Takata Corp. still has the support of carmaker-customers even while it faces deepening probe in the United States over faulty tied to at least five deaths. Dave Sullivan, an analyst at AutoPacific Inc., remarked that carmakers like Ford Motor Co., Honda Motor Co. and General Motors Co. have collaborated with Takata on new car features over several years that it has become difficult, if not impossible, to shift right away to alternative suppliers.
For instance, the new Edge crossover comes with a steering system co-developed with Takata. Even Executive Chairman Bill Ford recently said that the carmaker’s relationship with Takata remains intact. Ford announced in May that a new system -- Adaptive Steering -- would be fitted into models within 12 months and would be available on the 2015 Edge.
Adaptive Steering uses a motor and gearing in the steering wheel to assist in turns, making it easier to maneuver at slow speeds and smoother to drive on the highway. Sullivan remarked that Takata’s product breadth has made it hard to the carmaker “just disappear.”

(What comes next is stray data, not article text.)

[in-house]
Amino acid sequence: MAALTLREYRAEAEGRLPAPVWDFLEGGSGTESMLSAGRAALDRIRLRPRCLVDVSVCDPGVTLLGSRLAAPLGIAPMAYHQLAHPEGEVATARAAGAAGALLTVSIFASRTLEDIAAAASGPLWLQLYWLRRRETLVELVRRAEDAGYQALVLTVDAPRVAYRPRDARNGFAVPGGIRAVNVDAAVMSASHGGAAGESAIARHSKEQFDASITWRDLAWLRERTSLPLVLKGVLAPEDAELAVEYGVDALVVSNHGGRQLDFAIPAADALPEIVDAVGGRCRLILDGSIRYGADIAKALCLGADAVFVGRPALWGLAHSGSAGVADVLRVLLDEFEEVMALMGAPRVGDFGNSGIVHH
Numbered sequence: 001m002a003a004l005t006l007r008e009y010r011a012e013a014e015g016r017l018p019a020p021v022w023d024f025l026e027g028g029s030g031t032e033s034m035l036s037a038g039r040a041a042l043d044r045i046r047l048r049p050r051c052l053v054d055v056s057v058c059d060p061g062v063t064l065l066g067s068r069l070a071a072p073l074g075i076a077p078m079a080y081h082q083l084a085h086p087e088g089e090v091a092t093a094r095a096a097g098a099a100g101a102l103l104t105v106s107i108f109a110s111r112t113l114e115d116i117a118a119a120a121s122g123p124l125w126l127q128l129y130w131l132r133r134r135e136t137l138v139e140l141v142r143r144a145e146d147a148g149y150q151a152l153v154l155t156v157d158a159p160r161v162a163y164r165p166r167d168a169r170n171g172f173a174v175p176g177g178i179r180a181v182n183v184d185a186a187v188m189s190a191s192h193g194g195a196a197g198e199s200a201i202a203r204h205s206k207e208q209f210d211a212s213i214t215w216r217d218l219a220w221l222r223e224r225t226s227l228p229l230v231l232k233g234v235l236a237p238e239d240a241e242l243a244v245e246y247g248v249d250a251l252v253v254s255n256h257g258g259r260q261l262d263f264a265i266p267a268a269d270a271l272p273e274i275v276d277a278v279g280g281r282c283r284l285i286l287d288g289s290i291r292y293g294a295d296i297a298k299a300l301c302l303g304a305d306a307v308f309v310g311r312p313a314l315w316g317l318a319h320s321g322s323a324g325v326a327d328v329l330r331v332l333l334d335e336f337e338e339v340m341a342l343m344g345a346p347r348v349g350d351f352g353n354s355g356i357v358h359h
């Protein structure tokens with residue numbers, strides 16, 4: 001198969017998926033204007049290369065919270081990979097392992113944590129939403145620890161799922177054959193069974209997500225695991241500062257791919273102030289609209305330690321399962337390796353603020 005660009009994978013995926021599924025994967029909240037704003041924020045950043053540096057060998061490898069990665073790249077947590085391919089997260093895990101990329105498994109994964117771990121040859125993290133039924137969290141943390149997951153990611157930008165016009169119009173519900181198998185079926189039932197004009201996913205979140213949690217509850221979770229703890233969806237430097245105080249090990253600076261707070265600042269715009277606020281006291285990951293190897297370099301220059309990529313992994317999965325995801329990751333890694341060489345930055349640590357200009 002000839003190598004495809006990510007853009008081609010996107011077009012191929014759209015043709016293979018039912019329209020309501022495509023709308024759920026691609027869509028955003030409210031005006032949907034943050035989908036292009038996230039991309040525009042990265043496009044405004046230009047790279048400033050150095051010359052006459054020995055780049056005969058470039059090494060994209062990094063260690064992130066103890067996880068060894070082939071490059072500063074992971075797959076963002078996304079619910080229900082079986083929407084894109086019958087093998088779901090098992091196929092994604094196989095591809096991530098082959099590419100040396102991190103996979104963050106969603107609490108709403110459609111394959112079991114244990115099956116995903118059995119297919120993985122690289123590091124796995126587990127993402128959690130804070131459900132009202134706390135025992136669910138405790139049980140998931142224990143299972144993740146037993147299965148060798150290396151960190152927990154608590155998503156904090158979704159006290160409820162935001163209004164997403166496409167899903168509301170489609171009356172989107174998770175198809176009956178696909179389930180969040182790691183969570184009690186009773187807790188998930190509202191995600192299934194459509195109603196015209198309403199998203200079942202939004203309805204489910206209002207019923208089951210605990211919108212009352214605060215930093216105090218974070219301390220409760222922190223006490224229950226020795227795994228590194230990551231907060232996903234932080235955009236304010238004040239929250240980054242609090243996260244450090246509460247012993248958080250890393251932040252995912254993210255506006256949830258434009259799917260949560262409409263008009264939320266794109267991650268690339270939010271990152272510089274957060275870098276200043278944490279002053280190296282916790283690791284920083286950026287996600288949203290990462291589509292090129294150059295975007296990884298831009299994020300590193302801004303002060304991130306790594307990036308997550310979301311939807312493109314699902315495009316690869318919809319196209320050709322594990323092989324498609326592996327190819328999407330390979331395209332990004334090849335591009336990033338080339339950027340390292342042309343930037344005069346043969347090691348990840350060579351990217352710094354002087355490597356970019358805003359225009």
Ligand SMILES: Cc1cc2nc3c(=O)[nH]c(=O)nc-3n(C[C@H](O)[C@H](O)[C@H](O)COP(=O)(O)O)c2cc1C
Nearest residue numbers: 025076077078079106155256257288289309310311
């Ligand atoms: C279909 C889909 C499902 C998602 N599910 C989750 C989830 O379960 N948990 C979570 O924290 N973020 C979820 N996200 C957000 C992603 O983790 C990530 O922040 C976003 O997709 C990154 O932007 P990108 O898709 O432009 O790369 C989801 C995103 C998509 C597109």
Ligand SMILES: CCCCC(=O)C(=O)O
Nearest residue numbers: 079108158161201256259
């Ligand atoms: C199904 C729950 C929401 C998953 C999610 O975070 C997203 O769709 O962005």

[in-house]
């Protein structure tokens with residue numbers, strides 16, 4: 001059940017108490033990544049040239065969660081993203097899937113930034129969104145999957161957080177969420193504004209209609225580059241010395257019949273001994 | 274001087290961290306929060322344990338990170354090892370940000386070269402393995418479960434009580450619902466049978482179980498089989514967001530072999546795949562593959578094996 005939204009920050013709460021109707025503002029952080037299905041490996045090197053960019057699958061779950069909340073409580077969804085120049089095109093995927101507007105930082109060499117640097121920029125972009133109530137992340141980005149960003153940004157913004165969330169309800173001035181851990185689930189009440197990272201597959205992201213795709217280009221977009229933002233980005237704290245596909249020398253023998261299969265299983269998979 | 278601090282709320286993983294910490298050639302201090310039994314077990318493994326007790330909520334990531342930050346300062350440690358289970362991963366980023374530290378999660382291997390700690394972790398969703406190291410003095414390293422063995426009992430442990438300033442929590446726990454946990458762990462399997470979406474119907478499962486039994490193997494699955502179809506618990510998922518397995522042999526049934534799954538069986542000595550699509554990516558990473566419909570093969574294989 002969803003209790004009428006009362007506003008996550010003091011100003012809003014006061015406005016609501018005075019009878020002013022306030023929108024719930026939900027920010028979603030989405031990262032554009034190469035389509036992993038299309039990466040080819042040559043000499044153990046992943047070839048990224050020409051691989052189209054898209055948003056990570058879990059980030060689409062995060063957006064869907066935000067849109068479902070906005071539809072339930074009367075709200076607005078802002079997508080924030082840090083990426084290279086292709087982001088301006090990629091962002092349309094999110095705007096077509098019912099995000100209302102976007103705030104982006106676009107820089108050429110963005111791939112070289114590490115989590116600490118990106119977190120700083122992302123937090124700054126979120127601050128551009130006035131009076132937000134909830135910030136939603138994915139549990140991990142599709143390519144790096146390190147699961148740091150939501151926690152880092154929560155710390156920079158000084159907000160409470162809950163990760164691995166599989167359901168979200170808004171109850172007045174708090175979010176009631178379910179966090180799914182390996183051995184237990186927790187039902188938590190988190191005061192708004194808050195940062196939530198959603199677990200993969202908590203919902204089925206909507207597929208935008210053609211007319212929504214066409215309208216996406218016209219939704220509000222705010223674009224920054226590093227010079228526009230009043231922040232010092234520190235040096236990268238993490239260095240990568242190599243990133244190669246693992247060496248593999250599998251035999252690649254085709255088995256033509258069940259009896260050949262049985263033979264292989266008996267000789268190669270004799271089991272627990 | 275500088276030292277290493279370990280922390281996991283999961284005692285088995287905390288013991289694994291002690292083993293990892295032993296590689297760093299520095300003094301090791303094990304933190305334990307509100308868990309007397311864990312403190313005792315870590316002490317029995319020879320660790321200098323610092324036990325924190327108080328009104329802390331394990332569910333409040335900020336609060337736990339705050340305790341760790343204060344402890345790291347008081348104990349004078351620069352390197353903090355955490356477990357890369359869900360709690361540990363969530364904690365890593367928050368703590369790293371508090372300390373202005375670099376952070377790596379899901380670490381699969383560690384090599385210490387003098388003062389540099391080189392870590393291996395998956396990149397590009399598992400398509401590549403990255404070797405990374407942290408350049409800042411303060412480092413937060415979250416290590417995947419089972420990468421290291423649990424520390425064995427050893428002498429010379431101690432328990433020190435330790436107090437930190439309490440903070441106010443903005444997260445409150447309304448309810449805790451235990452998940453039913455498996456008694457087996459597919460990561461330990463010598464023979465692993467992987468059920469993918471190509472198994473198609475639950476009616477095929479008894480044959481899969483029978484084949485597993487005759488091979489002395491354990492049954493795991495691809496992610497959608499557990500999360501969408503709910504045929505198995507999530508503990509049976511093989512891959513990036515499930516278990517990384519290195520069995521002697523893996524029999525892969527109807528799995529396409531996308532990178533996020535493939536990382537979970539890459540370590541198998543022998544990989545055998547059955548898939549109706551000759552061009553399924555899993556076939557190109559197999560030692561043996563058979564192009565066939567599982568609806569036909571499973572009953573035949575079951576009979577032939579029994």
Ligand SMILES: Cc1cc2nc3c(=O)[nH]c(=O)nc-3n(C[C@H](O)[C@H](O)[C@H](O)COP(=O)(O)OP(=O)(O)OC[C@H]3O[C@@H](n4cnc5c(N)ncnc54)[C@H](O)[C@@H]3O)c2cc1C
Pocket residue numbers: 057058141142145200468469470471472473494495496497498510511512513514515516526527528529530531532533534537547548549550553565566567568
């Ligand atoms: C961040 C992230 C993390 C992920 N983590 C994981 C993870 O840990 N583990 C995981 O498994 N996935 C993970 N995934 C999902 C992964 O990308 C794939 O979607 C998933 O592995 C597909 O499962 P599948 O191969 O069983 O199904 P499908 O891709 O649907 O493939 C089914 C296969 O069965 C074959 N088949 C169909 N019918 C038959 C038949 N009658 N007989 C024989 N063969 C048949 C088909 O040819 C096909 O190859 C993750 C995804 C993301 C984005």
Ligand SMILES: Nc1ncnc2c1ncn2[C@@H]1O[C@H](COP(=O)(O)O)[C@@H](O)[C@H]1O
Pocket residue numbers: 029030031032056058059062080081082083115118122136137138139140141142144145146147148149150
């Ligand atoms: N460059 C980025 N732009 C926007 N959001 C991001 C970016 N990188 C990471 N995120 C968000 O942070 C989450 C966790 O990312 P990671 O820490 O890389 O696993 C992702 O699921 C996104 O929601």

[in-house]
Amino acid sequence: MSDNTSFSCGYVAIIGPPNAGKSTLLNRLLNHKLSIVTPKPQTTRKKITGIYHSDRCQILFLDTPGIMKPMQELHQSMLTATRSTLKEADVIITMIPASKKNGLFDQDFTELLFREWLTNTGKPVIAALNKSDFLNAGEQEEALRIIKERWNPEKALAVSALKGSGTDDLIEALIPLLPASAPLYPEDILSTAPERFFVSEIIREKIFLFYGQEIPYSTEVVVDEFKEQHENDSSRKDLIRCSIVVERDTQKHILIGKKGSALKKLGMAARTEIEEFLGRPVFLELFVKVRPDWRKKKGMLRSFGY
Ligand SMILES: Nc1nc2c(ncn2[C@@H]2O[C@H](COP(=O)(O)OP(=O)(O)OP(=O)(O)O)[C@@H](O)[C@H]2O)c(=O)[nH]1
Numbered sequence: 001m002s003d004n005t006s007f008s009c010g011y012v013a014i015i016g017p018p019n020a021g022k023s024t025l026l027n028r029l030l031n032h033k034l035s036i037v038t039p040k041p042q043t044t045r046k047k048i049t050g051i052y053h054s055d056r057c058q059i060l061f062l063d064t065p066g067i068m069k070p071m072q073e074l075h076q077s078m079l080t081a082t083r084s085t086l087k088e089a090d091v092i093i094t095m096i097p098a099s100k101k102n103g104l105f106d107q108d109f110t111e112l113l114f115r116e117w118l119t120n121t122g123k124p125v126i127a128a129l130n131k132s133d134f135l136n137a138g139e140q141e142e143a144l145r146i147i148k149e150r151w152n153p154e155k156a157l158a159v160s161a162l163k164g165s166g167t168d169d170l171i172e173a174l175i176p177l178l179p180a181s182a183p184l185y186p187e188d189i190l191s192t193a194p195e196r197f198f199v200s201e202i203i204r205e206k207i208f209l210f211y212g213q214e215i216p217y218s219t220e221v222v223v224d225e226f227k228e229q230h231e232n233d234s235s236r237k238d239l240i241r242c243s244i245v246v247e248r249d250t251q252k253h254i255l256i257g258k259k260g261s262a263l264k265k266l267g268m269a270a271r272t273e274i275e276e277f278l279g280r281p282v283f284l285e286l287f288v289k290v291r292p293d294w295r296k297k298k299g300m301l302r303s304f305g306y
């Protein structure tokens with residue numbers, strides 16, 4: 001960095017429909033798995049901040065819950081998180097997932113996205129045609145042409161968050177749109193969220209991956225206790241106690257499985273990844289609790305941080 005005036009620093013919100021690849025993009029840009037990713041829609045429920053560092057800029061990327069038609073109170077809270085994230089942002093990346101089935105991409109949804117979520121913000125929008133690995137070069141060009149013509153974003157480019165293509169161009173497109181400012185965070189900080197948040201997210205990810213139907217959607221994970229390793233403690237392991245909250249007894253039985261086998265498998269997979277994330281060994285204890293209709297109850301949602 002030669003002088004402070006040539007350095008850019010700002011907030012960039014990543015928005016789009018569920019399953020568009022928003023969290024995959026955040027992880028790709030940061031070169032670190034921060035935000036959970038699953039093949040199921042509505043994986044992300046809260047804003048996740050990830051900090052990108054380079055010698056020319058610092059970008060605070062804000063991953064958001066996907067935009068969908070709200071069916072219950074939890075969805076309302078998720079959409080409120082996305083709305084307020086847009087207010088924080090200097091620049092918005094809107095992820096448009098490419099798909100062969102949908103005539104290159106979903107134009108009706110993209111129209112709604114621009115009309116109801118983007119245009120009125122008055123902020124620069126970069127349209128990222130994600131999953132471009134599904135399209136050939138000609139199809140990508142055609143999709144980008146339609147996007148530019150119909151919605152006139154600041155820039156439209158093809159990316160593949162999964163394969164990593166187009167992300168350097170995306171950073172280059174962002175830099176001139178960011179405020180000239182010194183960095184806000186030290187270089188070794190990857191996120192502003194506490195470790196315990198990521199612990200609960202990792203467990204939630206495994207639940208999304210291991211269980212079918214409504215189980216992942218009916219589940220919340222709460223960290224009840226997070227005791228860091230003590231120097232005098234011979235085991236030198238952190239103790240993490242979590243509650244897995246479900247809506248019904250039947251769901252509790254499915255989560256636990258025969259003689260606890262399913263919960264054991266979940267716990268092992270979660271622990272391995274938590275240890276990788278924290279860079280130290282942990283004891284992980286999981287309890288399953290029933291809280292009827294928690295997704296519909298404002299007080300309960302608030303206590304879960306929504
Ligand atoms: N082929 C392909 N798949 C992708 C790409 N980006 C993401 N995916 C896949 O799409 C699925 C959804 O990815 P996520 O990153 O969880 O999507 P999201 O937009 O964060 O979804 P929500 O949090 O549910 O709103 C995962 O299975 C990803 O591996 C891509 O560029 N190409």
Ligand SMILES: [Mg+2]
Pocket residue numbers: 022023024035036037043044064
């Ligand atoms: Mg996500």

The US National Highway Traffic Safety Administration recently called for the airbag recalls -- which has already covered involved over 10 million cars in the past six years – to include locations beyond high-humidity areas.
Alby Berman, a Takata spokesman, wrote in an e-mail that nationwide recall may place “lives at risk” as it diverts replacement parts from “where they’re needed.” So far, around 16 million vehicles fitted with the airbags have been recalled globally.
Takata has received a subpoena from a federal grand jury asking for documents and explanations for the defects. An official from Takata was bound to testify before the US Senate this week.
Airbags accounted for 39 percent of Takata’s business in the previous fiscal year ending March 2014, at JPY220 billion ($1.9 billion). Seat belts accounted for about a third at JPY178 billion.
Takata also manufactures other products like steering wheels as well as advanced sensors that detect when a vehicle is veering across lanes or heading for a collision.